Spences Bridge is located around 50 km (39 miles) north of Lytton
and 60 km (38 miles) south of Cache Creek
on Trans-Canada Hwy 1.
From between 1862 to 1865, the river crossing at Spences Bridge
was called Cook's Ferry because of the ferry operating over the
Thompson River by American businessman Mortimer Cook.
People later called the crossing 'Spence's Bridge' in reference
to a toll bridge built by Thomas Spence that linked the wagon road
from Yale with the goldfields
in the Cariboo at Barkerville.
In time a community developed and the name officially became Spences
Spences Bridge has a very dry climate, almost desert-like, with
only around 254 mm (10 inches) of precipitation in a year. You will
find prevalent throughout the arid countryside that surrounds Spences
Bridge tumbleweeds, sand hoodoos and sagebrush. The community sits
near to where the Nicola River joins the Thompson River and has
beautiful southerly views of the valley with both the CPR and CNR
having railway tracks alongside.
Spences Bridge is very small in terms of population and available
services. Most businesses and commercial buildings are located on
the west side of the Thompson River just off the Trans-Canada Hwy
1. Here you can find Rumor's Restaurant which has internet, the
sometimes-open, sometimes-closed gas station, the fire hall and
post office and accommodation, either at the Acacia Grove RV Park
and Cabins or the Quarter Circle J Motel.
at Spences Bridge
There is also other accommodation found at the Inn at Spences Bridge
which is located on the east side of the Thompson River on Hwy 8
between the old one-lane bridge and the bridge on Hwy 1. Originally
built in the 1860's, the Inn at Spences Bridge offers guests cozy
rooms with beautiful views of the Thompson River, a restaurant including
an outdoor patio which serves vegetarian meals, baked goods made
from fresh and locally grown ingredients.
Fruits and Vegetables
With the dry climate of Spences Bridge comes the ideal opportunity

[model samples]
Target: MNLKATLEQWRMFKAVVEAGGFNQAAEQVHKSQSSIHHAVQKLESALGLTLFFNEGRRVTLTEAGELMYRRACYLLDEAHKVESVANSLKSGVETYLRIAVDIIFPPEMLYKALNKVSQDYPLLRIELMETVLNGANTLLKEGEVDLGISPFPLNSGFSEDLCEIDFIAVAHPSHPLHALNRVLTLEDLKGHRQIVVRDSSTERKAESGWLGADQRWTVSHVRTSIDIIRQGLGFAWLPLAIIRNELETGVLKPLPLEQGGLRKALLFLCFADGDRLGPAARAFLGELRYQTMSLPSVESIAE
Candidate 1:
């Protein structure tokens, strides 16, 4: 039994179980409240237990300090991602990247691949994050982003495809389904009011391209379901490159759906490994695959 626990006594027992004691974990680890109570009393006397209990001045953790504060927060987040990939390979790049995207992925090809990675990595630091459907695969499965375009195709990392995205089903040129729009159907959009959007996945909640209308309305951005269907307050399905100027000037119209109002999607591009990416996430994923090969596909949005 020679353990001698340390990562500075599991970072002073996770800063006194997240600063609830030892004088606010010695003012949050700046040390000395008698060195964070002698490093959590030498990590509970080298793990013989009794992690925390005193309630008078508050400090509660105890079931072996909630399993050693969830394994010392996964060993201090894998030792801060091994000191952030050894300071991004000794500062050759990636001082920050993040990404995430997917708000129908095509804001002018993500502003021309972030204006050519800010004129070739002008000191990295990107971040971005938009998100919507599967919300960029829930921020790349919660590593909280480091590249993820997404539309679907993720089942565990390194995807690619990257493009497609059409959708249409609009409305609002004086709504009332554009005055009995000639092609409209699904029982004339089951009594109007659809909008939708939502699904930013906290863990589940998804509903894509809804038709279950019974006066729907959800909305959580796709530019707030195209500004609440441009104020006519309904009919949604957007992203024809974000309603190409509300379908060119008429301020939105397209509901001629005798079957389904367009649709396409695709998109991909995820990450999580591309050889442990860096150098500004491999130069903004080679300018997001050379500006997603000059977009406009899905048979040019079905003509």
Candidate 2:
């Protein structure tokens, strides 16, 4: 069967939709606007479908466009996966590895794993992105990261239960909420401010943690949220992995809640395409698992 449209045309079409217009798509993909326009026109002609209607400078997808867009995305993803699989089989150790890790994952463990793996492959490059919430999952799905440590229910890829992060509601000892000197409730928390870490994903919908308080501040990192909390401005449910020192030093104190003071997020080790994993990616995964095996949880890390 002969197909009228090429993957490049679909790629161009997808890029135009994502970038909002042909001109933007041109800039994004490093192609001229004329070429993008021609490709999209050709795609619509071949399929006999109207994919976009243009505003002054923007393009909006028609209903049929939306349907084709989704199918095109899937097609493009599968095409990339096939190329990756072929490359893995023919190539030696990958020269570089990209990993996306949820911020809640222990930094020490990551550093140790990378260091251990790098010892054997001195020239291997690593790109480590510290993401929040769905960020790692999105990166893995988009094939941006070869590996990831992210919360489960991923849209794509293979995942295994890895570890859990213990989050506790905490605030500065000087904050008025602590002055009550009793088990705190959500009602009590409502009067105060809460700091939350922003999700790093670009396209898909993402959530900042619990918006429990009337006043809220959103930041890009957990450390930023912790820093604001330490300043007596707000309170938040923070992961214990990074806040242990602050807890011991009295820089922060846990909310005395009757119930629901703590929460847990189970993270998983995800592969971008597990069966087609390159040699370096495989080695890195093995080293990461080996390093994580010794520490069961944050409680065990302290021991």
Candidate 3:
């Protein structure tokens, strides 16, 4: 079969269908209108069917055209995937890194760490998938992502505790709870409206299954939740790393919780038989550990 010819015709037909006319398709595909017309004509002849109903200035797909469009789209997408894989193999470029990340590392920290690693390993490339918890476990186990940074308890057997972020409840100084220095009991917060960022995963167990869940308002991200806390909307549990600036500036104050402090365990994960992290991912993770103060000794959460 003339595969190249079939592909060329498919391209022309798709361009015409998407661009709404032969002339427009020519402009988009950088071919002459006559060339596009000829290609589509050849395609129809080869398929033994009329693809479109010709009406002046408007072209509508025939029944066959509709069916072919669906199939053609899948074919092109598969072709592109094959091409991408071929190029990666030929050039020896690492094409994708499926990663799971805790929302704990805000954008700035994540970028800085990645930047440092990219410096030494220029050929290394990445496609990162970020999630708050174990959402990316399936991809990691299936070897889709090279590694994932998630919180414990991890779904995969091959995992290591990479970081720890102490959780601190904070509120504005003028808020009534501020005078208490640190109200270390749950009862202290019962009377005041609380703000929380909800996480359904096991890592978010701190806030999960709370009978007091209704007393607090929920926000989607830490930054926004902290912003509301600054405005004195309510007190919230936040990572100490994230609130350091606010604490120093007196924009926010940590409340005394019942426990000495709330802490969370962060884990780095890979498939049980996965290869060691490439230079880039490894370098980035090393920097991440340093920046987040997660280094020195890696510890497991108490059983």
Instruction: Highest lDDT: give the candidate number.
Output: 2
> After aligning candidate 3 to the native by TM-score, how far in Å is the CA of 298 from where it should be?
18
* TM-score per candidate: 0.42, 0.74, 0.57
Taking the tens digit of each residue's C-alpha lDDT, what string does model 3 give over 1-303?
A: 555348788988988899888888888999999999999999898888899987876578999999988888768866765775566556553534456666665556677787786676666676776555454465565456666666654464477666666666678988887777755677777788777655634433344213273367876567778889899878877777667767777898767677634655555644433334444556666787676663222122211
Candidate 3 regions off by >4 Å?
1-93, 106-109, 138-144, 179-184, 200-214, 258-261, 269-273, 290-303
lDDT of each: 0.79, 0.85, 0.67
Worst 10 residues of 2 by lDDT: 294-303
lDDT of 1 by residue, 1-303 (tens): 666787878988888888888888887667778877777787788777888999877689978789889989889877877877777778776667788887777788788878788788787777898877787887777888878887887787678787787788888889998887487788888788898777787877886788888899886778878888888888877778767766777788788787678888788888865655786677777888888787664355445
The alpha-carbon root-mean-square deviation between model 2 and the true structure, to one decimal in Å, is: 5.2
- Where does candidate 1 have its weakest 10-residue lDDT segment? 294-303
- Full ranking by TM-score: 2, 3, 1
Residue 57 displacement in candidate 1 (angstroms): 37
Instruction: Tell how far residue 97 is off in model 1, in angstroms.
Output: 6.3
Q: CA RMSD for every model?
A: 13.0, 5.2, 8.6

to grow various fresh fruits and vegetables during the summer months,
Spences Bridge's main industry. You will notice a few stands throughout
the region offering this bountiful crop as you travel on the Trans-Canada
Hwy 1. A real favourite is the Hilltop Gardens Fruit stand situated
north-east of town on Hwy 1 towards Cache Creek by around 5 km (3
For a cold beverage there is also the Log Cabin Pub located just
off the Trans-Canada Hwy on the north-west side of the bridge. The
Log Cabin has a large parking lot, is biker-friendly, great community
minded owners, offers cold beverages, food and has one of the largest
fireplaces around plus sometimes features the Bridge Burnout - a
test of machine and tires versus the pavement, a Log Cabin Pub tradition.
If you enjoy fishing, Spences Bridge has some of the best Steelhead
trout fishing available in the Thompson River. Make sure you check
the regulations for openings and restrictions. The Thompson River
is also very famous for whitewater rafting and kayaking with several
places around Spences Bridge for putting your craft in.
For a campground along the banks of the river, Goldpan Provincial
Park is only 10 km (6 miles) south-west of Spences Bridge. The campground
features some riverfront campsites with beautiful and relaxing views
of the Thompson River.
For exploring around the area, try and make it up to Murray Creek
Falls which is located just off the Trans-Canada Hwy 1 near the
Thompson River Bridge west of town by the bridge. Here you can find
a beautiful gorge featuring a waterfall cascading over the rocky
chasm. The area is full of wildlife where you can see California
Bighorn sheep, Osprey, salmon and bears.
For more of a greater selection of services, Merritt
is due east of Spences Bridge on Hwy 8 by around 64.5 km (40 miles).
This highway is much less travelled than the major route of the
Trans-Canada Hwy 1 and the scenery is absolutely beautiful as the
road meanders along the side of the Nicola River through a number
of sandstone chasms with a number of large hoodoos in the background.
Ferry First Nations
As you travel on Hwy 8 and Hwy 1, you'll go through some land that
is the traditional lands of the Cook's Ferry First Nations. An affiliate
of the Nicola Tribal Association, the Cook's Ferry First Nations
have been fishing in the Thompson River and living off the land
for thousands of years and have several reserves on both the Nicola
and Thompson Rivers. The largest reserve, Kumcheen 1, is only 2
km (1.3 miles) east of Spences Bridge on Hwy 8 near the mouth of
the Nicola River.
For rail-trail enthusiasts, the defunct Kettle Valley Railway right-of-way
goes east from Spences Bridge to Merritt (NK&S section). Unfortunately,
this section has a number of detours around washouts, uncompleted
trestles and you will require permission going through First Nation's
lands. Nonetheless, you will find the trip as it meanders through
the Nicola River, absolutely incredible. Look for the local swimming
hole under the CPR railroad bridge at the mouth of the Nicola River.
on Spences Bridge